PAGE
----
One previous attorney general, Oliver Koppell, launched an investigation that fizzled. “They found nothing wrong,” says Gillies. And in the mid-nineties, the foundation was embroiled in a much-publicized legal feud with its former lawyer, Edward Hayes, that played itself out in Surrogate’s Court before Judge Eve Preminger.

At issue in the Hayes case was the value of the foundation’s enormous cache of Warhol art. Federal law mandates that nonprofit foundations give away 5 percent of their assets. In 1994, Judge Preminger valued the collection at around $400 million, more than triple the figure the foundation was using. But most years, the foundation has valued the collection at much less than many art-world observers believe it to be worth; last year, the figure it used was $81 million. And in most years, it didn’t even give away 5 percent of its own, low valuation. In 1997, for instance, it donated a total of $1.2 million, against overhead costs of $4.3 million.

What caught the attention of the attorney general’s office was the foundation’s “unusually high expenses,” Sansverie says. Sometime in the spring, the attorney general’s office contacted McCauley. He resigned from the foundation shortly afterward and decided to cooperate with the attorney general. In the end, to avoid a potentially long and costly legal dispute, the attorney general – and, for that matter, the foundation – willingly entered into an agreement.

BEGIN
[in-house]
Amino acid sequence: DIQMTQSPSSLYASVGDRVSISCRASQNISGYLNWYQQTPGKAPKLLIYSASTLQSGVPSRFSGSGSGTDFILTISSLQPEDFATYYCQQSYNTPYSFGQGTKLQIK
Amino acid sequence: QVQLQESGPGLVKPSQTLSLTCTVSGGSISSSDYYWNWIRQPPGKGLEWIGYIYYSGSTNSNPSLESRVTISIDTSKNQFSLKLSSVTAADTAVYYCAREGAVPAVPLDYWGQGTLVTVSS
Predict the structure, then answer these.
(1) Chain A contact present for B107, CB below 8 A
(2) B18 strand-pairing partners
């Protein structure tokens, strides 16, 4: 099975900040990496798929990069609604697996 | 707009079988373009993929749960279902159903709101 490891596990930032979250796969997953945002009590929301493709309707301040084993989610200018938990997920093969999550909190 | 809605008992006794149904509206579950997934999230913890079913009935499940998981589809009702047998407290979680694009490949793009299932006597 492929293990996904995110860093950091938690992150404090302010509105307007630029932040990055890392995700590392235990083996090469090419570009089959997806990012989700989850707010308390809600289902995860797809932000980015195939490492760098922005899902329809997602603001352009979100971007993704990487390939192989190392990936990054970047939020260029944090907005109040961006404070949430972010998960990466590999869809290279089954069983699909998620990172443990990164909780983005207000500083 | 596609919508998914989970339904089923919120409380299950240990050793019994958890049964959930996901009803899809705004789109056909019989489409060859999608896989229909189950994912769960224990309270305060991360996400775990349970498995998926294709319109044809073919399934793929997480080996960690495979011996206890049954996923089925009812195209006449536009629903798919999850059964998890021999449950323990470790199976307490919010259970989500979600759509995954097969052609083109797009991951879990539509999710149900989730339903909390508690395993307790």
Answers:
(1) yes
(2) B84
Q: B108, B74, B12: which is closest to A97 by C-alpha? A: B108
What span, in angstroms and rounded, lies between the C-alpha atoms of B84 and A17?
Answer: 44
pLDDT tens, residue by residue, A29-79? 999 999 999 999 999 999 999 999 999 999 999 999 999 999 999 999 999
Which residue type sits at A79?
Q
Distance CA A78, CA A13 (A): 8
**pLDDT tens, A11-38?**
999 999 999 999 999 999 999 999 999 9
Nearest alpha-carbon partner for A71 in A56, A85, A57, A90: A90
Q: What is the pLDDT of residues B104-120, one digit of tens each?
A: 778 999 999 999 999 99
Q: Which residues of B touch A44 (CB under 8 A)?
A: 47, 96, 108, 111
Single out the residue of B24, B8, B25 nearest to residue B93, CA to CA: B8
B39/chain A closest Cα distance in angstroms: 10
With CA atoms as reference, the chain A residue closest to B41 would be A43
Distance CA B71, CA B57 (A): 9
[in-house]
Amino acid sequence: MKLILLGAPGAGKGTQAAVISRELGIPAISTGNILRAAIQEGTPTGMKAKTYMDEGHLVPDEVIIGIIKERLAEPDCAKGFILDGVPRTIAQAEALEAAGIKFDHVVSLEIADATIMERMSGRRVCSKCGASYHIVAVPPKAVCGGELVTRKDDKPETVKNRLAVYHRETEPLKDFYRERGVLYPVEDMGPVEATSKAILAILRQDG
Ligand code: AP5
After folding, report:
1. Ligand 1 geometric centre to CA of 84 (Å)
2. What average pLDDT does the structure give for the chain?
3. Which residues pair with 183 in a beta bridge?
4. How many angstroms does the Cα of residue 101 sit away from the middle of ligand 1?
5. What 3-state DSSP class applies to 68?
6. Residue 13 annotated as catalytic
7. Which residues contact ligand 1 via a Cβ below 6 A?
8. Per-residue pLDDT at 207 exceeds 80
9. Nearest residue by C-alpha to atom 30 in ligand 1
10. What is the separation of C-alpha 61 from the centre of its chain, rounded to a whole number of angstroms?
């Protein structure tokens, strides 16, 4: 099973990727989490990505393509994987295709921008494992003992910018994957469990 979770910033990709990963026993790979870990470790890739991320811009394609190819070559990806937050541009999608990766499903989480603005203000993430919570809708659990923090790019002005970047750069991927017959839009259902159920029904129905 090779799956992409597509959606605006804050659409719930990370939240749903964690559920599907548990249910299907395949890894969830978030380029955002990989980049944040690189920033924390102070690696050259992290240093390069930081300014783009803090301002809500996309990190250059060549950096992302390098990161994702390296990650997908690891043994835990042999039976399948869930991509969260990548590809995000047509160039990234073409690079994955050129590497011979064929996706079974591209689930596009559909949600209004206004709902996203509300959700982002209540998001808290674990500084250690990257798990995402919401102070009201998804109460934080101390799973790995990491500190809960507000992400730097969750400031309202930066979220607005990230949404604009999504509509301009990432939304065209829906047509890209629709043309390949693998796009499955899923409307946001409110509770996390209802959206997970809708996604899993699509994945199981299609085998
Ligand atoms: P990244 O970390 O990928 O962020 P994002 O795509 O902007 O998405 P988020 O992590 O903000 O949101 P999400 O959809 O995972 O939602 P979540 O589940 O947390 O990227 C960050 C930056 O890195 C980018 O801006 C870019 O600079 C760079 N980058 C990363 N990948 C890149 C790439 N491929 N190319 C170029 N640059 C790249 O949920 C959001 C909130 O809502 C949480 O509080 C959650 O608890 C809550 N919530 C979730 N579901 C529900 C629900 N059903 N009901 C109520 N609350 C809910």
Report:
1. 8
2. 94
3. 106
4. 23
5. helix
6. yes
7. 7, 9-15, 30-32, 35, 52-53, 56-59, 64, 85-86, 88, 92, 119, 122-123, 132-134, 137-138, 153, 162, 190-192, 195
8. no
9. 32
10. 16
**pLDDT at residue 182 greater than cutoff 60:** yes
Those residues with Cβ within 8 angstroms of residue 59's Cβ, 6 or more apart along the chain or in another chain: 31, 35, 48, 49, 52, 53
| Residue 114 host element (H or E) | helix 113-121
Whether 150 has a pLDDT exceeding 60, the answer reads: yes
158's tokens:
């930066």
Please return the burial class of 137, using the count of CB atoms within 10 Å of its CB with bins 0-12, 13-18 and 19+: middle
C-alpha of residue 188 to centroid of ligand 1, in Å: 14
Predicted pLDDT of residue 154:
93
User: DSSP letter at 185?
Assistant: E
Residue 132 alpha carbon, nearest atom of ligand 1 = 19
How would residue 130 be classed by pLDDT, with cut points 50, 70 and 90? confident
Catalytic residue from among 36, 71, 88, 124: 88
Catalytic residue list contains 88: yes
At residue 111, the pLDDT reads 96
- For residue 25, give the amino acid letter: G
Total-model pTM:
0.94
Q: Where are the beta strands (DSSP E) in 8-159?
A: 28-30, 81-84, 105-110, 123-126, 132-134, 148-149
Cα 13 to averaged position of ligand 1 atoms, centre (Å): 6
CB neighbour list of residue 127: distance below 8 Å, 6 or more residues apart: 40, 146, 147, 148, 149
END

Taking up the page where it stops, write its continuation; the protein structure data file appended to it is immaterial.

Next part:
Under the terms of that agreement, the foundation will appoint a new chief financial officer, who will have a more central role within the foundation than the controller did. “In the future,” Sansverie says, “some of the day-to-day financial decisions being made by Mr. Gillies will be shifted to the chief financial officer.”

As for why Gillies, the object of much criticism in the past, still has his job, Sansverie will say only this: “If Gillies isn’t doing his job, then the directors will have to get together and fire him.”

Up to now, the board has supported Gillies in his various tribulations; he’s been instrumental in bringing in many of its members. Now, however, there will be at least two new independent members, drawn from the audit committee. “The committee will have three members,” Sansverie says, “none of whom is an officer of the foundation. Two of the three members will be on the board of directors. The attorney general will have some informal input about who will be the type of person to sit on this committee, which will perform an ongoing watchdog role on the expenses and expenditures of the foundation. The new CFO will report both to the president of the foundation and to the audit committee.”

The new agreement may curtail some of the foundation’s chronic overspending – each year, officials there routinely spend more than three dollars to give away one, the reverse of what a not-for-profit’s spending-giving ratio should be – but one important issue isn’t mentioned in the agreement: the foundation’s undervaluation of its art assets. “That’s an IRS issue, not a state-law issue,” Sansverie says. “There is no specific state statute that says a certain amount has to be given away each year.”

And what if the IRS, which is said to have looked at the foundation’s books only to have done nothing, decides not to step in? “I’m not saying if nothing were done we wouldn’t have anything to do about it,” says Sansverie. “But it would be in the most general sense. The state attorney general’s office isn’t in the business of enforcing a federal law.”

“We’ve been vindicated in this process,” says Gillies, “although we’ve never done anything but report these matters in the correct way.”

But in a war that’s lasted most of the nineties, one wonders if this is peace, or just a temporary truce.

Warhol and Peace